About This NYSED Social Work Board Approved Course (4-CEUs)
This Two-Day 4-hour In-Service Workshop is held over Two-Sessions: Wednesday, June 5th (12pm – 2pm) and Wednesday, June 12th (12pm – 2pm). NYSED Social Work Board Approved Certificate of completion is awarded upon completing both sessions.
Interpersonal Neurobiology: A New Perspective provides a framework for understanding the contributions of brain development to human behavior (i.e. cognitive, emotional development, reasoning). Emphasis is placed on neuroplasticity, early vulnerabilities in child brain development, executive functioning, memory recall, interpersonal relationships, and impact of trauma across the life course. Practitioners will be able to consider an appreciate how experiences shape gene expression. Specific emphasis will be placed on how traumatic life and medical events (i.e. abuse, exposure to violence, accidents, stroke, neurodegenerative disorders– Multiple Sclerosis, Early On-set Dementia, Alzheimer’s Disease) can be a risk-factor for developing symptoms of psychopathology (anxiety, depression, PTSD. Practitioners will be able to identify methods for ameliorating the long-term effects of trauma.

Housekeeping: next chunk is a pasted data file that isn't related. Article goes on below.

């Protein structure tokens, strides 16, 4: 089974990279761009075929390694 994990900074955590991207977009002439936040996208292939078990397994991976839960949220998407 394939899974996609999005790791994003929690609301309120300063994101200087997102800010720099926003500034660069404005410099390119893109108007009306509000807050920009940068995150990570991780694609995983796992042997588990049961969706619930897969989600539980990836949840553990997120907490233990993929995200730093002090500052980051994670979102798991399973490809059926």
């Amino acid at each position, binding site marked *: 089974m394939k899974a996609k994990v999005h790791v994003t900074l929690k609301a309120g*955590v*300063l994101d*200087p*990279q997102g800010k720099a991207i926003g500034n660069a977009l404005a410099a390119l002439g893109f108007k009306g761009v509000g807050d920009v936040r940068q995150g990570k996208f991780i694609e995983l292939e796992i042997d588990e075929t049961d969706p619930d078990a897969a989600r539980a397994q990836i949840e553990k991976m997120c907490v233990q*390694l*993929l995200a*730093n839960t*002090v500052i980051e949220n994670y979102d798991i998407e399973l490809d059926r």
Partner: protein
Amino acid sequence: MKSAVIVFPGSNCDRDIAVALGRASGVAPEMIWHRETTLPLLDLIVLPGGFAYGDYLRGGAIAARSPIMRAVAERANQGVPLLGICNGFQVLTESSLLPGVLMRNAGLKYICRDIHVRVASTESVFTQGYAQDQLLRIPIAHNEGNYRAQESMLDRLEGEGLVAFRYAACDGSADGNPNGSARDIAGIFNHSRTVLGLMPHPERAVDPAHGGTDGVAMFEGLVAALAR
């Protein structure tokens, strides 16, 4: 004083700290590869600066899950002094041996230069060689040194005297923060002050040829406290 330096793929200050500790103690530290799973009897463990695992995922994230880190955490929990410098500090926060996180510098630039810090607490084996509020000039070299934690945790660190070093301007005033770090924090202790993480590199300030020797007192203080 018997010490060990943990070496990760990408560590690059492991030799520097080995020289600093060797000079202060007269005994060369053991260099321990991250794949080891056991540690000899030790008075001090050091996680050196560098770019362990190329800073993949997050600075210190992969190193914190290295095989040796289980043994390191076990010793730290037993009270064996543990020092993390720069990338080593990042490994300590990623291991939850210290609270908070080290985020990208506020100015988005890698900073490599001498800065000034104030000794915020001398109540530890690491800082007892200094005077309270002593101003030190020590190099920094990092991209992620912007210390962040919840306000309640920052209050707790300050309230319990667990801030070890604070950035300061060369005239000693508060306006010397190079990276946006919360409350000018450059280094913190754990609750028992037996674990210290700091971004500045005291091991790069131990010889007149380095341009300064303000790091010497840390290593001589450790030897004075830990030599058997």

- Identify four quintessential perspectives pertaining to how early experiences contribute to brain development
- Identify the key structures (higher, central, lower, hind) of the brain.
- Define the functions of the key structures (higher, central, lower, hind) of the brain.
- Apply concepts of Interpersonal Neurobiology (IPNB) to how experiences influence Parent-Child Relationships
- Define Neuroplasticity
- Identify the implications of neuroscience and brain development on social work practice.
- Define and identify Epigenetic Factors—the ways in which specific experiences directly influences how genes are expressed.
- Define Susceptibility in the context of how certain early experiences (supportive and neglectful) significantly prepare or deter young children from developing effective capacities (executive functioning) to regulate their behavior.
- Define Memory recall (implicit/explicit memory) and how this function contributes to human behavior in the context of healthy and traumatic life experiences.
- Identify healthy and maladaptive mechanisms in the context of coping and adapting to life crises.
About the Instructor
Trélan Nicole Holder, MS, LCSW, is a skilled psychotherapist with extensive years of counseling experience in mental health and human services. Trélan attained her Bachelor of Science Degree in Psychology from Clark University, her Master of Science Degree in Social Work from Columbia University, and a Certificate in Bioethics and Medical Humanities from Albert Einstein College of Medicine and Cardozo Law School. Additionally, her clinical pursuits include: postgraduate psychodynamic psychotherapy training at the NYU Institute for Psycho-analytic Education. Trélan is an Adjunct Lecturer at Columbia University School of Social Work and the Silberman School of Social Work at Hunter College.
This workshop is open to Licensed Professionals
Continuing Education Units (CEU) Information
4 continuing education hours are available
Course is also offered Online on our Self-Study E-Learning Platform